Now in a containerized world, the resources that applications have access to are much smaller, Sharples says. In extreme cases, he says, such as functions-as-a-service, applications may only get enough memory and CPU to run a function one time. “That’s what we are trying to change with Quarkus,” Sharples says, “to move a lot of that processing into the compilation stage so it doesn’t affect your startup time and to lower the significant memory overhead that Java comes with.”

Sotiriou says his team considered options that included Node.js and Golang but went with Quarkus because of the ecosystem and programming language choice. In March 2019, he says his team began writing their entire stack toward Quarkus. “Not only were we beginning to write microservices using Quarkus, we also had a plethora of common libraries, shared libraries across the whole ecosystem we needed to rewrite as well.” That included common business cases that the microservices were using such as customized database connectivity and authorization authentication.


Vodafone Greece entered into a staggered migration, Sotiriou says, where the team initially tried to keep older applications running as they moved Spring Boot into maintenance phase while newer applications were written in Quarkus. The need to accelerate that migration became apparent earlier this year.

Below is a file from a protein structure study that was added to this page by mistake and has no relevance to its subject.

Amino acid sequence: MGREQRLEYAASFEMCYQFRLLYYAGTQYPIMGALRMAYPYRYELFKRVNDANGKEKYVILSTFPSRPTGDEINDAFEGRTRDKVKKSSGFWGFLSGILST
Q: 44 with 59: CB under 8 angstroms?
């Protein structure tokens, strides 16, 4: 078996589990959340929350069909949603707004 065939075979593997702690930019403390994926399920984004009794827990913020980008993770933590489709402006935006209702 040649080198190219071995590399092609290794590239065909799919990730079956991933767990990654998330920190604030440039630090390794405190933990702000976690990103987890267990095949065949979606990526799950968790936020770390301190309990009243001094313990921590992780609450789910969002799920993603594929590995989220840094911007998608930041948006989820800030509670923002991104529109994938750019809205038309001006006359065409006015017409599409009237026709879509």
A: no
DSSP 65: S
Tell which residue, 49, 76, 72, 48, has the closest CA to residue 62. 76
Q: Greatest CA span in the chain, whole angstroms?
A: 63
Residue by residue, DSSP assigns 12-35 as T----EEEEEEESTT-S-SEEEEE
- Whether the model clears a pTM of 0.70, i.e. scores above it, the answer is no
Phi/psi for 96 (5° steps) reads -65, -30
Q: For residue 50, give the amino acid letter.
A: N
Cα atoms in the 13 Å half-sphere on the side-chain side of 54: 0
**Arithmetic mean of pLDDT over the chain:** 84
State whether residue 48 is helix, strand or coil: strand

In January, Vodafone Greece released a new version of the My Vodafone application. Sotiriou says it was the first time the digital experience layer was used to draw the main screen for the app. “The main screen had so much information that we needed to aggregate information from three or four or five microservices at the same time,” Sotiriou says. When this version of the app was rolled out to about 30% of Vodafone Greece users, problems emerged. “The microservices the main screen used were written in Spring Boot, so it nearly tore down our cluster,” he says.

With increased traffic spikes, there were long boot times of about 40 seconds, Sotiriou says. The app was rewritten in Quarkus to rectify the issues, using half the resources. He says using Quarkus in JVM (Java Virtual Machine) mode without compiling to native led to boot times of about 14 seconds, a 60% performance increase. “That was the breaking point for us,” Sotiriou says. “We decide to migrate even more microservices from Spring Boot to Quarkus.” Vodafone Greece now has 40 microservices written in Quarkus, with another 20 microservices in the pipeline, he says.


For more information on DevOps and Cloud, read these articles:

Modern App Dev: An Enterprise Guide

Kubernetes Advantage: Considerations for a Multi-Cloud World

Searching For a Cloud-Native App Strategy Amid the Chaos

About the Author(s)

Joao-Pierre S. Ruth

Senior Writer

Joao-Pierre S. Ruth has spent his career immersed in business and technology journalism first covering local industries in New Jersey, later as the New York editor for Xconomy delving into the city's tech startup community, and then as a freelancer for such outlets as TheStreet, Investopedia, and Street Fight. Joao-Pierre earned his bachelor's in English from Rutgers University. Follow him on Twitter: @jpruth.